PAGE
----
The first stop is the beautiful chapel in Andahuaylillas. At Racchi, the temple of the Wiracocha god has an immense 20m high adobe wall that once supported the largest single roof in the Incan empire. At the Pucara Museum with its stone monoliths and ceramics you might buy a pair of little bulls, the ‘Toritos de Pucara’ that bless houses throughout the Andes from their rooftop perches (they stand on the roof of our meeting room in London too!). At the end of a journey of about 8 hours, sometimes longer in wet weather, you arrive at Puno beside Lake Titicaca and are driven to your hotel for 2 nights.
We can arrange for you to reach Puno by train or by air if preferred.
A day by boat on Lake Titicaca starting with time on the floating reed islands of the Uros community in the bay near Puno. You walk about on the soft squidgy reeds, meet the people, and learn about the extraordinary life of the Uros.
Onwards into the lake for 1½h you reach the rocky island of Taquile, home to master weavers. After a greeting by the shore it’s a steep puff up a well-paved slope to the village at the top of the island for a traditional lunch with a wide views of Lake Titicaca and the chance to hear about their traditions and buy some of their high quality work.
A homestay on Taquile is possible if you can add an extra night.
A journey over the altiplano by tourist bus. Stop for photos at Laguna Lagunillas, where Andean Flamingos are usually seen. You pass the ‘stone forest’ of Imata with rocks eroded into shapes of trees and people. Another stop is at a look-out point at the Patapampa Pass, with panoramic views of mountains, including the mighty volcanic peak of Ampato (6288m), where the ‘Juanita’ mummy was found.
Arriving at Chivay, at the head of the Colca valley, the rest of the afternoon is free to relax and explore: you might visit its outdoor hot springs.
Free day to relax in the scenic Colca Valley.
Very early this morning after breakfast you are picked up and driven along a road that follows the contours of the valley through traditional villages beside pre-Incan farming terraces above the river as it plunges into its deep canyon. Reaching the Condor Cross viewpoint high above the canyon a succession of condors rise from the canyon to wheel on morning thermals below and above you. You return via the colonial-era hamlets of Maca and Yanque and lunch in Chivay.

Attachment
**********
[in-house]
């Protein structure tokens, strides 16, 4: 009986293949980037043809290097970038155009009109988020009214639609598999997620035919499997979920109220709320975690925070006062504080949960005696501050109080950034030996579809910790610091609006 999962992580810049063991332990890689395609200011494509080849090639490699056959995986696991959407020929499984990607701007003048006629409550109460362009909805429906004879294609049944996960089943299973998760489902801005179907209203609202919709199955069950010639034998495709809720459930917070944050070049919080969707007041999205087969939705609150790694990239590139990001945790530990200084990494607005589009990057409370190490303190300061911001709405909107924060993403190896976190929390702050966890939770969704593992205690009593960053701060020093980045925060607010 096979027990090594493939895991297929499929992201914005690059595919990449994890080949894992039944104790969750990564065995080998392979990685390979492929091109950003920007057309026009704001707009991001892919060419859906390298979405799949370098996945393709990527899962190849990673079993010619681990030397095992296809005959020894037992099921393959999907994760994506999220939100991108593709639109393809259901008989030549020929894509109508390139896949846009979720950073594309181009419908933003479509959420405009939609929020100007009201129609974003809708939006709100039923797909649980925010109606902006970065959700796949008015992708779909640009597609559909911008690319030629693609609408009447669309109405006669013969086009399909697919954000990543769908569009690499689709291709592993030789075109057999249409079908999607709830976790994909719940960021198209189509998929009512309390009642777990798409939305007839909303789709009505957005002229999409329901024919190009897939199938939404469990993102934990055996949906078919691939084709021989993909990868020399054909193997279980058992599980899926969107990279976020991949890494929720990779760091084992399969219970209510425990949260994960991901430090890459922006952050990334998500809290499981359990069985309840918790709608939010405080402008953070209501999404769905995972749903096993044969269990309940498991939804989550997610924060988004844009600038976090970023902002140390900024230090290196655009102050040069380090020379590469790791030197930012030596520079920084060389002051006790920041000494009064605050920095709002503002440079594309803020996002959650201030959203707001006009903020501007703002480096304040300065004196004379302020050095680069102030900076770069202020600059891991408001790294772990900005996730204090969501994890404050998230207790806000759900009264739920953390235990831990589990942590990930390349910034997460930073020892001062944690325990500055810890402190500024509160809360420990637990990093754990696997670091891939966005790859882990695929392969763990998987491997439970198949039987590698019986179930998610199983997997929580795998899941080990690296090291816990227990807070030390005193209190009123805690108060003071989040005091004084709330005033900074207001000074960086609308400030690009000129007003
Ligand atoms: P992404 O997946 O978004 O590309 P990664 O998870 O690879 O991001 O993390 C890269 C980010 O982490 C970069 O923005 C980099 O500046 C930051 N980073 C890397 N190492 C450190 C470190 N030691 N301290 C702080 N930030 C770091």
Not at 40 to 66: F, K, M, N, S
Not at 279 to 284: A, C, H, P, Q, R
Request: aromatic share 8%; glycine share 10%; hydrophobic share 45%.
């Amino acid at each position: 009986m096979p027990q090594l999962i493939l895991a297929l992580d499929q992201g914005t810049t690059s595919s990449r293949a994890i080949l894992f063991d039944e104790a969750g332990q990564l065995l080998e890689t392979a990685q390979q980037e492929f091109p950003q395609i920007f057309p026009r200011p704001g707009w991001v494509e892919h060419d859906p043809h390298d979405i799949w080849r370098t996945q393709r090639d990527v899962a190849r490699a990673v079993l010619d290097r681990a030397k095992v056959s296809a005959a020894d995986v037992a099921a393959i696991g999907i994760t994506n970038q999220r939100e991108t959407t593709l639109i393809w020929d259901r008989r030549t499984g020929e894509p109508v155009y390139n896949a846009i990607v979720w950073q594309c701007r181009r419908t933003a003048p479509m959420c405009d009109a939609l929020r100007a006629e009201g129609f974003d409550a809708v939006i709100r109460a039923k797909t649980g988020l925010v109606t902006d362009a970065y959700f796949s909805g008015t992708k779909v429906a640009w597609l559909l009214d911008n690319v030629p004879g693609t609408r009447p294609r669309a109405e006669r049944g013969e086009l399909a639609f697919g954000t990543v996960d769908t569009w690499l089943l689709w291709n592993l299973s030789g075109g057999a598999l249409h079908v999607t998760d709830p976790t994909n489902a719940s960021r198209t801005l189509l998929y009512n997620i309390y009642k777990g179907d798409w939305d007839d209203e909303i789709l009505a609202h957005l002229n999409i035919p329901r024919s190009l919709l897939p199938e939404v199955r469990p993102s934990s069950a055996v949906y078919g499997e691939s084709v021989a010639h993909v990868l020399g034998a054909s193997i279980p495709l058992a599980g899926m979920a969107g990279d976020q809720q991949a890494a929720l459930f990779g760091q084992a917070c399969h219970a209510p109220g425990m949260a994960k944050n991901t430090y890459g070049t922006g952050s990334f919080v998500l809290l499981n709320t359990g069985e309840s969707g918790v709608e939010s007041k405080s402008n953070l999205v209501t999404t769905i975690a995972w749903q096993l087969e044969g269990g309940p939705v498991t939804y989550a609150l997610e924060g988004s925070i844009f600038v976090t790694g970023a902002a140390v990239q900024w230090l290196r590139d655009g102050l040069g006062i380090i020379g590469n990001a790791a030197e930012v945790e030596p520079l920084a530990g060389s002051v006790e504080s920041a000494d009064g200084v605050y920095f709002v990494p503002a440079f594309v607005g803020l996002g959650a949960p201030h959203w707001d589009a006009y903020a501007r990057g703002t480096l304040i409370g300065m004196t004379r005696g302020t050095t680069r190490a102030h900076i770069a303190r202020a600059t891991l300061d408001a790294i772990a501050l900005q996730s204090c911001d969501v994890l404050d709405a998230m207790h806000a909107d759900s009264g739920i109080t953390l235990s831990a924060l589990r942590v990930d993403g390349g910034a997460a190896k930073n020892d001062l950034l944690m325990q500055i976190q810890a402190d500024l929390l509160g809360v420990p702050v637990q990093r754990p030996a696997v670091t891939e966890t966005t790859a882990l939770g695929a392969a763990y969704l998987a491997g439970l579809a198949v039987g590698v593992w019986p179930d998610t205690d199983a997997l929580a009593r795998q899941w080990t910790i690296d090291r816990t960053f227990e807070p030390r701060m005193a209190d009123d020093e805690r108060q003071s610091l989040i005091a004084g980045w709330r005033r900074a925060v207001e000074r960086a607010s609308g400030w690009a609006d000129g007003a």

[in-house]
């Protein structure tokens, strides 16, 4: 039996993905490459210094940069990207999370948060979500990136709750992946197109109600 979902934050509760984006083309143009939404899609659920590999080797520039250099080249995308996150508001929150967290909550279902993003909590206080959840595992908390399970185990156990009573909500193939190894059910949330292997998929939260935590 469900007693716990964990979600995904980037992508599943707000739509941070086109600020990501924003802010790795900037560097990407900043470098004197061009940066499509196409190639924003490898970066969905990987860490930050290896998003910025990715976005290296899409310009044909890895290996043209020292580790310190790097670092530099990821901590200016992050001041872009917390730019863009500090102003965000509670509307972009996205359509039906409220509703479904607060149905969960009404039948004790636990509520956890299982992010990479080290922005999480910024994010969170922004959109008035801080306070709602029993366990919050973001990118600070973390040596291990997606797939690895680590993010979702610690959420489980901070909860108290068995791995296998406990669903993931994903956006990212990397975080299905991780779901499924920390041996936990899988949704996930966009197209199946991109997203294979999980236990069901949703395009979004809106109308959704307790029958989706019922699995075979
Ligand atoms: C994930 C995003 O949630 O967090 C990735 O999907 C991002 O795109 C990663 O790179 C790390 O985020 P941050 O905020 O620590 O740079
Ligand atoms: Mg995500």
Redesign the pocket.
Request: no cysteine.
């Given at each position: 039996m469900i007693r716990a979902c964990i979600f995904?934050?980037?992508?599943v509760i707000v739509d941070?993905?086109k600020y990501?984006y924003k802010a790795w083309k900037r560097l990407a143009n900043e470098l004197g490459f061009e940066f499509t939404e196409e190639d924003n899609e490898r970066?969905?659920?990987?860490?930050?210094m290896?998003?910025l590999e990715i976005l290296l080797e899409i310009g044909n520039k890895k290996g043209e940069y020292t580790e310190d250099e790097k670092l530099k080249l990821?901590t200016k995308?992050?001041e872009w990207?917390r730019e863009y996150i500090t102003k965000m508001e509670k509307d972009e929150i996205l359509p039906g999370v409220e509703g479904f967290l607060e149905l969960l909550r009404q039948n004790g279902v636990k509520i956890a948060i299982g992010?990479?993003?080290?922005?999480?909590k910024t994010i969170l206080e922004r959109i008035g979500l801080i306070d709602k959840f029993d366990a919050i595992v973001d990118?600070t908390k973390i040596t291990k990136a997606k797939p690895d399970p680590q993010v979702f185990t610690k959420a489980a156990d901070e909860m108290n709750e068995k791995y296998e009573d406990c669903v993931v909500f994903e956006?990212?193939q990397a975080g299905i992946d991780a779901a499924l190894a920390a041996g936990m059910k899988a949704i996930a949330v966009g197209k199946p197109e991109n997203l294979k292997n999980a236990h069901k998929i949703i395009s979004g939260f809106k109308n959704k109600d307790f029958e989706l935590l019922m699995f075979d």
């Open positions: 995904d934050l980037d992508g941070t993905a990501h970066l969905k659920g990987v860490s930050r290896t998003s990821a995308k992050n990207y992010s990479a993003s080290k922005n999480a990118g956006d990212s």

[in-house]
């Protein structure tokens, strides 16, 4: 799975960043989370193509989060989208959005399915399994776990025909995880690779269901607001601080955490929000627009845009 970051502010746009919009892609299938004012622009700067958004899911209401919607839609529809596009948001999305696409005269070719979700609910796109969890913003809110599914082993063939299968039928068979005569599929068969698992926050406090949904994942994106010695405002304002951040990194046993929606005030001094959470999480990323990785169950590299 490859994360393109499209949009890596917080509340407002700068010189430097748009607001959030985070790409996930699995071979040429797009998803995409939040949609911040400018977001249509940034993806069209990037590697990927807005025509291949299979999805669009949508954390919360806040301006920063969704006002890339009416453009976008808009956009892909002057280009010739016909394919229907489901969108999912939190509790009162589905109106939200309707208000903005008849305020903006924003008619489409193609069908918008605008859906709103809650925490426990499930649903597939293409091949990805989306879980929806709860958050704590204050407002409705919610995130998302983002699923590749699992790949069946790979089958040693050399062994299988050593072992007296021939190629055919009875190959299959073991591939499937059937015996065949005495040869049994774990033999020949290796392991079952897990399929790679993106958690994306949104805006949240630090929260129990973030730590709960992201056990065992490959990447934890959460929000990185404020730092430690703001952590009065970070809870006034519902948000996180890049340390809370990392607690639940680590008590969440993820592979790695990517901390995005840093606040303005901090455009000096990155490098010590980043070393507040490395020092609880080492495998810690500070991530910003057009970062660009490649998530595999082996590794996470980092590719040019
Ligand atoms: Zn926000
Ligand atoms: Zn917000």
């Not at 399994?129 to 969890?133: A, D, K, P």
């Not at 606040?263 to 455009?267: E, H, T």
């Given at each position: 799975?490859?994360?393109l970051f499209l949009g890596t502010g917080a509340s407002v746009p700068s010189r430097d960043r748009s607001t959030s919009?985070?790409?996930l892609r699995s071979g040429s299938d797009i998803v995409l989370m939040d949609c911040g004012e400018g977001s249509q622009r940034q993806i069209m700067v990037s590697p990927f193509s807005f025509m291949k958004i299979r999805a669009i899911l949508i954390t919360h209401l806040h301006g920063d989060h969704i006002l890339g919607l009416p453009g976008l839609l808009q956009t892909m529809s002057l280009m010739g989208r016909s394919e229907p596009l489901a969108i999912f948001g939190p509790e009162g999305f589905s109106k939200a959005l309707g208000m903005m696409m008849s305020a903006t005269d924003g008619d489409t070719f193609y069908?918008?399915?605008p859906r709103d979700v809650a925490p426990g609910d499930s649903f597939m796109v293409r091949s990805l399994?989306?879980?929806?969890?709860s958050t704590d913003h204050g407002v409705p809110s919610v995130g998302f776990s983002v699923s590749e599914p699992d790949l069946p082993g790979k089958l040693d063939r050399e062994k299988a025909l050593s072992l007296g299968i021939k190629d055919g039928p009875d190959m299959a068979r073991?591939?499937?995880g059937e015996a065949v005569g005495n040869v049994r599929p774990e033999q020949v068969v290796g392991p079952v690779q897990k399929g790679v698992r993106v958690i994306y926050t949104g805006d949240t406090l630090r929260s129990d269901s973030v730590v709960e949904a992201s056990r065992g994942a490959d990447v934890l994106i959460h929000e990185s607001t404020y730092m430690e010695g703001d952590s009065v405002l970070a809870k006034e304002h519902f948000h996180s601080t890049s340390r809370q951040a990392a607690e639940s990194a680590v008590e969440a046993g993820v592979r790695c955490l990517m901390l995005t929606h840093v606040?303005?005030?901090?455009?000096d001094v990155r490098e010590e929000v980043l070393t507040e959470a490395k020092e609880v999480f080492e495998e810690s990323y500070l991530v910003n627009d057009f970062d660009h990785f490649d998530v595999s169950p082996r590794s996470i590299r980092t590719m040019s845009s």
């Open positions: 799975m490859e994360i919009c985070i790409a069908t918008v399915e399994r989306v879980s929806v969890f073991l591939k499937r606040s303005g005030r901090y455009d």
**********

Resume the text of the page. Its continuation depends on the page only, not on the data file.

You rejoin your journey by tourist bus through Aguada Blanca and Salinas reserves with very good chances to see wild vicuna, to the ‘White City’ of Arequipa and your hotel for 2 nights. The evening is free to relax or explore Arequipa.
A morning free in Arequipa: shopping for fine woollens perhaps, or visiting the ice maiden museum (take a jumper).
In the afternoon you are collected for a tour of the White City, starting in the district of San Lazaro’s picturesque streets, then heading to Carmen Alto with wide views across the countryside to the three majestic volcanoes of Misti, Chachani and Picchu Picchu–often with coverings of snow. You stop in Yanahuara, then return to Arequipa’s colonial centre to the Plaza de Armas and Cathedral, before entering the Santa Catalina monastery’s maze of cobbled streets, brightly painted walls and small flower-filled plazas.
In the morning you are collected from your hotel and driven to Arequipa airport for your flight to Lima arriving in time for evening international flights to the UK, or for onwards travel in Peru, perhaps to Paracas and the Nazca Lines, the desert kingdoms of the North, or Iquitos in the northern Amazon.
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Located on the outskirts of the town of Puno, Eco Inn looks over the magnificent Lake Titicaca. All 61 rooms at the hotel have Cable TV, direct-dial telephones, safes, wifi access and hairdryers. The majority of rooms have views over the lake.
The 'Sikuri' restaurant is located on site and is open for breakfast, lunch and dinner.